Cremation Options in Philadelphia
Cremations are rapidly becoming a popular choice over burials across the country, especially in Pennsylvania with the fifth highest number of cremations in the U.S. in 2010. If you are considering a cremation in Philadelphia for yourself or a loved one, consider all options to create a plan that works for you and your family.
Why Choose Cremation?
More and more people are choosing cremation because a cremation costs a fraction of the price of a standard burial. Burials are costly, requiring caskets, headstones, embalming services, and burial fees. In comparison, direct cremations, which do not include a memorial or burial service, are low cost. Even a cremation with a memorial service can cost less than a burial, provided you use a rental casket and skip embalming. If you want to bury cremated remains, you can save money and space by burying the remains of multiple family members in one plot of land. Cremations also give you more options when it comes to final disposition of remains. You can bury them, keep them, or scatter them at a location of your choosing.
Planning a Philadelphia Cremation
If you know you want a cremation and not burial, it is best to plan your cremation in advance to save your family members from the expense and hassle of planning after your death. If you are planning a cremation for a recently lost loved one, funeral homes and cremation planning services help you write and communicate a plan. You need to make important decisions regarding your memorial service and what will be done with your remains. You may want to have your ashes scattered in a special place, but you will need to consider how your choice will affect your family members who will perform the scattering.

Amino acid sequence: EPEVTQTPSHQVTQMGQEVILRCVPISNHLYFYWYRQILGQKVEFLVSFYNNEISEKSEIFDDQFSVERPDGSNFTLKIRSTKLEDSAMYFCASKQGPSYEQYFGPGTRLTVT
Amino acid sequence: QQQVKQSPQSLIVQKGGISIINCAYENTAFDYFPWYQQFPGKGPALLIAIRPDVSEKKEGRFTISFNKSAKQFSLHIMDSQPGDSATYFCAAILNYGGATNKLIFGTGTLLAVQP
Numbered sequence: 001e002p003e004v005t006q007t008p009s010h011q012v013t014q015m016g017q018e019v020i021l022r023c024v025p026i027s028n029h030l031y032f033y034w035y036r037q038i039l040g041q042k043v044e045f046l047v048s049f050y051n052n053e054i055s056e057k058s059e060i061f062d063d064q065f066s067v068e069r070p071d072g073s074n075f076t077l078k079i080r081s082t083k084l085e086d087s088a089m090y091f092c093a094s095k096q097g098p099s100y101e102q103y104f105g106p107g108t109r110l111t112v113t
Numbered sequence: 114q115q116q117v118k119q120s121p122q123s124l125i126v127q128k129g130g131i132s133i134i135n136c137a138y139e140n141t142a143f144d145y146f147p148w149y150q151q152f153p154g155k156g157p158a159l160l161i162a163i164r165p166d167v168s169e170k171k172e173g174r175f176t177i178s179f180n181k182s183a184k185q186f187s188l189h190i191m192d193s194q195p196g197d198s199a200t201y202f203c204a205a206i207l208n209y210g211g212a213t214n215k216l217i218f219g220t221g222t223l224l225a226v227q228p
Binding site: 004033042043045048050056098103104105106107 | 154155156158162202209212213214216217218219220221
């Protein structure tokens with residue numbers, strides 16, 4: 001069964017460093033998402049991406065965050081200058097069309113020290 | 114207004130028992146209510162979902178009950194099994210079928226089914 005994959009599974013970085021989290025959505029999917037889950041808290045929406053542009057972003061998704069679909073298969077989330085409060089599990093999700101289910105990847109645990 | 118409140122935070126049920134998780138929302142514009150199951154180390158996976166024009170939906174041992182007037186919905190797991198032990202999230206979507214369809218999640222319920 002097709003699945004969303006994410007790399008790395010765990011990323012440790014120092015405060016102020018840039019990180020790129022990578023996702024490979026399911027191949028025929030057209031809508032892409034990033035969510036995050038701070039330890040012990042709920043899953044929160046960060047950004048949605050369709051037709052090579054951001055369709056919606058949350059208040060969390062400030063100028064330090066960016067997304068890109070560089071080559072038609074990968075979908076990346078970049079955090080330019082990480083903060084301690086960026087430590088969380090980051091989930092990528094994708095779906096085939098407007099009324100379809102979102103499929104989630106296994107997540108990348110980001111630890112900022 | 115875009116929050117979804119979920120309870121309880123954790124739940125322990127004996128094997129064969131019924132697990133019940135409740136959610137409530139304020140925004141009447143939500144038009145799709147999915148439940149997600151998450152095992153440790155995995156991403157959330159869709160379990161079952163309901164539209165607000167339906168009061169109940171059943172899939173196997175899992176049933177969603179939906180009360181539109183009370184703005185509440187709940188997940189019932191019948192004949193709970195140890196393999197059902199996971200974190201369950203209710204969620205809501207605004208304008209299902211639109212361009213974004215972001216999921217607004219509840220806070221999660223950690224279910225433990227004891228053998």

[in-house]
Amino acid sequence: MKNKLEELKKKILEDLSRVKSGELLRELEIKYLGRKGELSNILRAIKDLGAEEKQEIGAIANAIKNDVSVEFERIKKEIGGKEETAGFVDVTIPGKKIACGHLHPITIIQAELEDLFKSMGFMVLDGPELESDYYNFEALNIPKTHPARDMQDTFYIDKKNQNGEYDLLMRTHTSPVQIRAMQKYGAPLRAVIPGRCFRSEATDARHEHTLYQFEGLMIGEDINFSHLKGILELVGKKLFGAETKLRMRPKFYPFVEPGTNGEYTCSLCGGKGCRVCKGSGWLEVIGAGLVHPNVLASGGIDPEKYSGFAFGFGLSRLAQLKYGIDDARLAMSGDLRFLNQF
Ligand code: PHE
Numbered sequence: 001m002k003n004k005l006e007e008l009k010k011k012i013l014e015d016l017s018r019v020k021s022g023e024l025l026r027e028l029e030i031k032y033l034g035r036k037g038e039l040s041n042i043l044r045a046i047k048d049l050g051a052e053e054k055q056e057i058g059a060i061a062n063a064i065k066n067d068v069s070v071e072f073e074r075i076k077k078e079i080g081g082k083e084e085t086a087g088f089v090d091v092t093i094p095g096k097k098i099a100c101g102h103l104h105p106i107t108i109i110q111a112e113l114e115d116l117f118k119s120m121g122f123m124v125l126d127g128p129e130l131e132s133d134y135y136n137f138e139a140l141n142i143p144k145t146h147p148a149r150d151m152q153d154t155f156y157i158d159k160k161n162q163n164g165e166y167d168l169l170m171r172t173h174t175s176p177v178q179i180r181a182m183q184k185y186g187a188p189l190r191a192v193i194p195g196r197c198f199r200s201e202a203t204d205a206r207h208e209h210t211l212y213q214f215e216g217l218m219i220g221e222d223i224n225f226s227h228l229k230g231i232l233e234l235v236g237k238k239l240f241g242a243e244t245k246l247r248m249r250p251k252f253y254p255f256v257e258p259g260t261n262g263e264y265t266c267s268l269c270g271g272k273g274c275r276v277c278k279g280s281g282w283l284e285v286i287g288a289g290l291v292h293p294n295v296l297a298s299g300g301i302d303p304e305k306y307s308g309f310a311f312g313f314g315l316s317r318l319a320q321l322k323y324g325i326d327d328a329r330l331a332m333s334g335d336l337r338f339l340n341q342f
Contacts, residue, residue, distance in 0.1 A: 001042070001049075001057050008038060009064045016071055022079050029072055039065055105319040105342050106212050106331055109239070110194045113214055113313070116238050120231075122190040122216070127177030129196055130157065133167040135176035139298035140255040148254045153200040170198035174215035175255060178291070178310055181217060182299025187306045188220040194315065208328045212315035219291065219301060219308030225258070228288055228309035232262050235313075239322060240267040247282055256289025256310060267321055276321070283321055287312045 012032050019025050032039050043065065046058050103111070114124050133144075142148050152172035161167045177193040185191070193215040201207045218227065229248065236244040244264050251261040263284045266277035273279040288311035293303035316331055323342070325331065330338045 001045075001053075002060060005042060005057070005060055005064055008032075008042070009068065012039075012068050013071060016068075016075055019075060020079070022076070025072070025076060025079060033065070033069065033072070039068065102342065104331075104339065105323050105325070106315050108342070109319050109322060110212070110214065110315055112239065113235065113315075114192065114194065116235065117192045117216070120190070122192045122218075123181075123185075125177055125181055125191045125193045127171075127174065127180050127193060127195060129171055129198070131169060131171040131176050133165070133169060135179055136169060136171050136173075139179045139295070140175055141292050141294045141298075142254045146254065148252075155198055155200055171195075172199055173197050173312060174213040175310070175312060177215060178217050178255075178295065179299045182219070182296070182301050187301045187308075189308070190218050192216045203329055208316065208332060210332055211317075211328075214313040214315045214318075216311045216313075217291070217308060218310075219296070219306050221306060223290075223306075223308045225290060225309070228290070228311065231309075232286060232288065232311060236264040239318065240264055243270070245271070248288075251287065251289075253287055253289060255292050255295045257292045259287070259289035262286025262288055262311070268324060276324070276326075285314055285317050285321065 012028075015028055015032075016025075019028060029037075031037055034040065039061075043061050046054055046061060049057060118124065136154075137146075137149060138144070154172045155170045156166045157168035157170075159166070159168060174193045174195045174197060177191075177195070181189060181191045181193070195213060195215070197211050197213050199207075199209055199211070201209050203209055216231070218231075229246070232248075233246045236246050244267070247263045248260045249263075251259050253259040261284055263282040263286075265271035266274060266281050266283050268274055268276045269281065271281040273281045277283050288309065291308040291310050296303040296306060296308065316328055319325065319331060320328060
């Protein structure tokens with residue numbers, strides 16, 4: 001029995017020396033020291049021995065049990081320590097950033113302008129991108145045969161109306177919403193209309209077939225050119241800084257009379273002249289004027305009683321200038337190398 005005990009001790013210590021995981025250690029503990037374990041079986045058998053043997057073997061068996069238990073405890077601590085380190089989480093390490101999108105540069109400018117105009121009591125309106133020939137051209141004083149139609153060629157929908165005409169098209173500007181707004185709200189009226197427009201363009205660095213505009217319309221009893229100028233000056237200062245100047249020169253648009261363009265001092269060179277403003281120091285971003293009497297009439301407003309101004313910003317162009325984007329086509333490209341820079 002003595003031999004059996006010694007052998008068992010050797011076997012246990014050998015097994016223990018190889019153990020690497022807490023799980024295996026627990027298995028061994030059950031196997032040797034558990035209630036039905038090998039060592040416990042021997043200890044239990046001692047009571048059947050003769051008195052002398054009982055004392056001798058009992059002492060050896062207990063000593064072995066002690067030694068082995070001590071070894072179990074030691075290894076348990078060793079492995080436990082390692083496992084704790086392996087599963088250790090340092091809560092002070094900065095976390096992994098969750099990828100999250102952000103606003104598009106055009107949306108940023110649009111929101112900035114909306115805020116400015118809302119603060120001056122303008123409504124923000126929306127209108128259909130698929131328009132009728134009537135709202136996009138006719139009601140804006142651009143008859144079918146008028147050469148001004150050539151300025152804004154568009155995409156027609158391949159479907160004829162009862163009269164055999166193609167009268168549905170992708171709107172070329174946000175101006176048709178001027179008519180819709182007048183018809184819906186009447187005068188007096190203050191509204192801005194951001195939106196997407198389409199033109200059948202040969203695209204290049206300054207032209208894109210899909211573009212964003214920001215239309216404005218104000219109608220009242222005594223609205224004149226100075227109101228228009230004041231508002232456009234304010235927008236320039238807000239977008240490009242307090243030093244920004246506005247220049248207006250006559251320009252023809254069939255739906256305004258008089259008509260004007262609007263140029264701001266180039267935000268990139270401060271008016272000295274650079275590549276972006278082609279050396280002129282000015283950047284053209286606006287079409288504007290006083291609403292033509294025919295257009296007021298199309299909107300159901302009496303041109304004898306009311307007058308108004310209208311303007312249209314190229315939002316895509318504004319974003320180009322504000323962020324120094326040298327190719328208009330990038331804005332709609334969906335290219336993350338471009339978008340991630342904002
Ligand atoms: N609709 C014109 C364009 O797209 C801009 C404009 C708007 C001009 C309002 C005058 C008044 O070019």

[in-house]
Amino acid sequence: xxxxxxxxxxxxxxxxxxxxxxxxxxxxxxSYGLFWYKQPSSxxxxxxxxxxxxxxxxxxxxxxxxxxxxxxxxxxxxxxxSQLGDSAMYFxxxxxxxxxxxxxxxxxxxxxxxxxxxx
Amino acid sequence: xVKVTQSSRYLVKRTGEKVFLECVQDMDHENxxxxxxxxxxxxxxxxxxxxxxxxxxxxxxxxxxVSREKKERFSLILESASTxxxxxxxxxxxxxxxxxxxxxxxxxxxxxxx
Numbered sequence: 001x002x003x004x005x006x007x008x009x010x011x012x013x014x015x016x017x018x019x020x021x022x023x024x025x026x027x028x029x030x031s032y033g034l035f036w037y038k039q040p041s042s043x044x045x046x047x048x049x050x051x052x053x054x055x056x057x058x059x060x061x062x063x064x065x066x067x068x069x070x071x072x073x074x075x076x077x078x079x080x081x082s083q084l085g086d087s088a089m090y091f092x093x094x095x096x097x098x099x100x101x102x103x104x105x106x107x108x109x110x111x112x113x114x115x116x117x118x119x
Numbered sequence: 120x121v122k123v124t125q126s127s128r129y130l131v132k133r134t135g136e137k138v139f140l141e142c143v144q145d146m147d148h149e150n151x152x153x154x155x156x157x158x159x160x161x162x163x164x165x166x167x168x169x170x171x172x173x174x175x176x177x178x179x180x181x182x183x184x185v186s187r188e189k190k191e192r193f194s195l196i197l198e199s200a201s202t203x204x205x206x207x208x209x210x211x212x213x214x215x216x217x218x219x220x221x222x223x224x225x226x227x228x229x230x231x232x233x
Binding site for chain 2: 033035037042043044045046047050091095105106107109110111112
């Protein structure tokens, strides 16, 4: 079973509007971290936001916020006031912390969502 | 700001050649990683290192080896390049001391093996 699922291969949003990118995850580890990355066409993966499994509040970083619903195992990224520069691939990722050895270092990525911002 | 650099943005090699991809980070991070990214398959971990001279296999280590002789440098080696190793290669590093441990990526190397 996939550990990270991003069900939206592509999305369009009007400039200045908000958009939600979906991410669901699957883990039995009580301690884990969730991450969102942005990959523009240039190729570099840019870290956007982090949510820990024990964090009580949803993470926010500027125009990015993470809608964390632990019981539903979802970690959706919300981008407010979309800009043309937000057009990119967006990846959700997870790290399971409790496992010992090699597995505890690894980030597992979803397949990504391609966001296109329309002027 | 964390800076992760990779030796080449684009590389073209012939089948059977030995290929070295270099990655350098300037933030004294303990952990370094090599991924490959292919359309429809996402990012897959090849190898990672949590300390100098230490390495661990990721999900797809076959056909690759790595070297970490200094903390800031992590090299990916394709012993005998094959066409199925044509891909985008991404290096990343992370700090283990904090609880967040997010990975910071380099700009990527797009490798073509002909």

Scattering Ashes in Philadelphia
Scattering ashes is legal in most places, but check with the Pennsylvania Department of State and the City of Philadelphia, or funeral homes in your area, to make sure you’re complying with local rules and regulations. If you’re scattering ashes in a local park or other public setting, check with the parks department before scattering the ashes. Burial at sea is another option for disposing of remains. The EPA mandates that burials at sea in the Mid-Atlantic must be at least three nautical miles from land in a depth of at least 600 feet. Containers or other non-biodegradable objects cannot be dumped along with the remains. Many charter boat services out of New Jersey, New York, and the New England area offer burial at sea services.